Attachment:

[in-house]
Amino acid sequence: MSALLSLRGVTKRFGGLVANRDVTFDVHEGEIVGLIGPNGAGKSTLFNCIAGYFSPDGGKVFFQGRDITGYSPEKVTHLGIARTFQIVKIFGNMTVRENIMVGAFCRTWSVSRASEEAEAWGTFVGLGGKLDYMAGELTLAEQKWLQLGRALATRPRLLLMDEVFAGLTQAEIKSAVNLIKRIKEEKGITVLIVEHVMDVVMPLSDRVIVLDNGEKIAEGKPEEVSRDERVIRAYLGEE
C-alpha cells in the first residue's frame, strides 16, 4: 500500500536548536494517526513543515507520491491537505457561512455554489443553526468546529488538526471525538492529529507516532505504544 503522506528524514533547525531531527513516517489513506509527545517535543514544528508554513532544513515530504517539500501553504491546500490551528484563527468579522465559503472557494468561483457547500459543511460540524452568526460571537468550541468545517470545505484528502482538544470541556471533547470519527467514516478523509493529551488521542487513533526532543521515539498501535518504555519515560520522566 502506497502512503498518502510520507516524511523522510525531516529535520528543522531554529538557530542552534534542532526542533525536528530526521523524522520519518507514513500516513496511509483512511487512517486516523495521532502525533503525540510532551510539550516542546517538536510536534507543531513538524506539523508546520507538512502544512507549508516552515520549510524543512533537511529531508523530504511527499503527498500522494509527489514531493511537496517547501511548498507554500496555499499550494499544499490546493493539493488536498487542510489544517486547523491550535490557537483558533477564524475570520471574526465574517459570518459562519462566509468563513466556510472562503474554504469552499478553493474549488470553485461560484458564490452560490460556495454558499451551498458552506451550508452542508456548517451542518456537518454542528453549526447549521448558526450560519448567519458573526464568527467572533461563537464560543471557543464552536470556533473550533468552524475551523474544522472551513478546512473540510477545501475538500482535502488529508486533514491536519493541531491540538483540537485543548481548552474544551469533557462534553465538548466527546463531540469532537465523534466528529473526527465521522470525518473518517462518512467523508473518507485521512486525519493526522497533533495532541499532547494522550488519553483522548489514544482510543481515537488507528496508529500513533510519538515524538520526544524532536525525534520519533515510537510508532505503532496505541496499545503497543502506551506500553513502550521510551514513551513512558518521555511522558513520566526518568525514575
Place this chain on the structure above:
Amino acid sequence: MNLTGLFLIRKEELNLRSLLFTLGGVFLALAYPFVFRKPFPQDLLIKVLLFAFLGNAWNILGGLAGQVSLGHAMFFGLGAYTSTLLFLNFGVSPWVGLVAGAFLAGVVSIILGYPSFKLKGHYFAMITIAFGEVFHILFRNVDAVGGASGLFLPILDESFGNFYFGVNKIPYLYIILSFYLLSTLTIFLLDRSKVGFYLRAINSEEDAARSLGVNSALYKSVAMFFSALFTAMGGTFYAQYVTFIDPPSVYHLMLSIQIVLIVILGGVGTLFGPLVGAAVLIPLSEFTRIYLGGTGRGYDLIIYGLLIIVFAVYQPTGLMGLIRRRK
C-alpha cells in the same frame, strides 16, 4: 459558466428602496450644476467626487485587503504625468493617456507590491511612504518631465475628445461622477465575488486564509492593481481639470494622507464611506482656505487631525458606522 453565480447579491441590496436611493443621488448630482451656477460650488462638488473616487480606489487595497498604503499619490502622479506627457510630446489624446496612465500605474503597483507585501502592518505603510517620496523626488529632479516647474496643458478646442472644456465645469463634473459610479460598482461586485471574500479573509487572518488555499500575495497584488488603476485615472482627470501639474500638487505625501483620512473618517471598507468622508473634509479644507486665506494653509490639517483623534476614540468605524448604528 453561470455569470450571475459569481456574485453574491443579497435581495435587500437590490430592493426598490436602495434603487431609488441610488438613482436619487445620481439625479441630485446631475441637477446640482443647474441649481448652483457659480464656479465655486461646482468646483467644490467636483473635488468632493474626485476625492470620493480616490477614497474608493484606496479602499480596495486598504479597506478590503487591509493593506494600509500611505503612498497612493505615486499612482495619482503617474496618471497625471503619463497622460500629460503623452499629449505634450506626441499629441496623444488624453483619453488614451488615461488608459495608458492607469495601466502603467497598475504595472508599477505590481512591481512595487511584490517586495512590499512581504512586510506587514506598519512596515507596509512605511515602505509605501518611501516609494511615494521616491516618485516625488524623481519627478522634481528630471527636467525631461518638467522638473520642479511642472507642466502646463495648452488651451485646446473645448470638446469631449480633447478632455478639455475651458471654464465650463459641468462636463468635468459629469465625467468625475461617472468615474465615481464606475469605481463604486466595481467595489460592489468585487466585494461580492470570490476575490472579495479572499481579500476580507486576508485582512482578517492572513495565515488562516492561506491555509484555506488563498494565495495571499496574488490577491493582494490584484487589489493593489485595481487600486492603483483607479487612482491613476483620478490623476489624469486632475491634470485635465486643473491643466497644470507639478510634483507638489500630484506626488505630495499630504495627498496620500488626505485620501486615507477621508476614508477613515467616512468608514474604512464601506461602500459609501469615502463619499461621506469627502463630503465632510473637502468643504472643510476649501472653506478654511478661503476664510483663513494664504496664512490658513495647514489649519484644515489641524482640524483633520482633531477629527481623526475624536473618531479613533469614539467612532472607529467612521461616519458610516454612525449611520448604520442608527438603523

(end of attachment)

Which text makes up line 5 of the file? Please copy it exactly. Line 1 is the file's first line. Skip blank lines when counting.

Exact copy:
Amino acid sequence: MNLTGLFLIRKEELNLRSLLFTLGGVFLALAYPFVFRKPFPQDLLIKVLLFAFLGNAWNILGGLAGQVSLGHAMFFGLGAYTSTLLFLNFGVSPWVGLVAGAFLAGVVSIILGYPSFKLKGHYFAMITIAFGEVFHILFRNVDAVGGASGLFLPILDESFGNFYFGVNKIPYLYIILSFYLLSTLTIFLLDRSKVGFYLRAINSEEDAARSLGVNSALYKSVAMFFSALFTAMGGTFYAQYVTFIDPPSVYHLMLSIQIVLIVILGGVGTLFGPLVGAAVLIPLSEFTRIYLGGTGRGYDLIIYGLLIIVFAVYQPTGLMGLIRRRK